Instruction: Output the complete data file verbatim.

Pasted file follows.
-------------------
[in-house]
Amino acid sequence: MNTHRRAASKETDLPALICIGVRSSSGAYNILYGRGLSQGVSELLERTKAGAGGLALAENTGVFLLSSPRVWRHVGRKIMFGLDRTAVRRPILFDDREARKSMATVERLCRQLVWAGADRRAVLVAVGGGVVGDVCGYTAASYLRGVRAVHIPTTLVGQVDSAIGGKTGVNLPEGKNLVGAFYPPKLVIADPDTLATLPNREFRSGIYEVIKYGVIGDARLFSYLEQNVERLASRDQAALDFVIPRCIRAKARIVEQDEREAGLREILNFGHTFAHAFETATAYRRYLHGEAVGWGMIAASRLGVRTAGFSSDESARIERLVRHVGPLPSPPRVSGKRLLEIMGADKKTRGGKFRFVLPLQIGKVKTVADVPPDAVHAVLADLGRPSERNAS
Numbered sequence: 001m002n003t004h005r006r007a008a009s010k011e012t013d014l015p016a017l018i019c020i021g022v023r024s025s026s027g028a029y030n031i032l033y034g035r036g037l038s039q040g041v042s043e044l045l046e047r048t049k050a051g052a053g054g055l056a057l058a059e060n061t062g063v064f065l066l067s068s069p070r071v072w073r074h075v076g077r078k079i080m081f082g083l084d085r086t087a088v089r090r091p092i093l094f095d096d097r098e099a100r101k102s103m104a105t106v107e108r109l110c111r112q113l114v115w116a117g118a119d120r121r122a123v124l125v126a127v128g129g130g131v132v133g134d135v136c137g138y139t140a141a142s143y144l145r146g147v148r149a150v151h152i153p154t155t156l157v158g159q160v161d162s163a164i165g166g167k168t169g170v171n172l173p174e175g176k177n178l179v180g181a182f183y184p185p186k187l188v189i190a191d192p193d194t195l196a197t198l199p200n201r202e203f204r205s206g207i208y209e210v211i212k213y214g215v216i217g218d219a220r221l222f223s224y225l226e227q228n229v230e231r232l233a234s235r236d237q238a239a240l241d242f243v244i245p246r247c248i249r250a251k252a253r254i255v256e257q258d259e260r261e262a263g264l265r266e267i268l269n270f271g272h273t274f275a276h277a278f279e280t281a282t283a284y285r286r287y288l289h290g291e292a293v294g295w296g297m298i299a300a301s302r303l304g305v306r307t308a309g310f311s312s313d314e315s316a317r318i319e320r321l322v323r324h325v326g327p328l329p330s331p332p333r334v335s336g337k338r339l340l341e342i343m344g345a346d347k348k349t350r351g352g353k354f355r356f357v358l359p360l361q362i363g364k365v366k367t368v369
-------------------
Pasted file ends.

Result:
[in-house]
Amino acid sequence: MNTHRRAASKETDLPALICIGVRSSSGAYNILYGRGLSQGVSELLERTKAGAGGLALAENTGVFLLSSPRVWRHVGRKIMFGLDRTAVRRPILFDDREARKSMATVERLCRQLVWAGADRRAVLVAVGGGVVGDVCGYTAASYLRGVRAVHIPTTLVGQVDSAIGGKTGVNLPEGKNLVGAFYPPKLVIADPDTLATLPNREFRSGIYEVIKYGVIGDARLFSYLEQNVERLASRDQAALDFVIPRCIRAKARIVEQDEREAGLREILNFGHTFAHAFETATAYRRYLHGEAVGWGMIAASRLGVRTAGFSSDESARIERLVRHVGPLPSPPRVSGKRLLEIMGADKKTRGGKFRFVLPLQIGKVKTVADVPPDAVHAVLADLGRPSERNAS
Numbered sequence: 001m002n003t004h005r006r007a008a009s010k011e012t013d014l015p016a017l018i019c020i021g022v023r024s025s026s027g028a029y030n031i032l033y034g035r036g037l038s039q040g041v042s043e044l045l046e047r048t049k050a051g052a053g054g055l056a057l058a059e060n061t062g063v064f065l066l067s068s069p070r071v072w073r074h075v076g077r078k079i080m081f082g083l084d085r086t087a088v089r090r091p092i093l094f095d096d097r098e099a100r101k102s103m104a105t106v107e108r109l110c111r112q113l114v115w116a117g118a119d120r121r122a123v124l125v126a127v128g129g130g131v132v133g134d135v136c137g138y139t140a141a142s143y144l145r146g147v148r149a150v151h152i153p154t155t156l157v158g159q160v161d162s163a164i165g166g167k168t169g170v171n172l173p174e175g176k177n178l179v180g181a182f183y184p185p186k187l188v189i190a191d192p193d194t195l196a197t198l199p200n201r202e203f204r205s206g207i208y209e210v211i212k213y214g215v216i217g218d219a220r221l222f223s224y225l226e227q228n229v230e231r232l233a234s235r236d237q238a239a240l241d242f243v244i245p246r247c248i249r250a251k252a253r254i255v256e257q258d259e260r261e262a263g264l265r266e267i268l269n270f271g272h273t274f275a276h277a278f279e280t281a282t283a284y285r286r287y288l289h290g291e292a293v294g295w296g297m298i299a300a301s302r303l304g305v306r307t308a309g310f311s312s313d314e315s316a317r318i319e320r321l322v323r324h325v326g327p328l329p330s331p332p333r334v335s336g337k338r339l340l341e342i343m344g345a346d347k348k349t350r351g352g353k354f355r356f357v358l359p360l361q362i363g364k365v366k367t368v369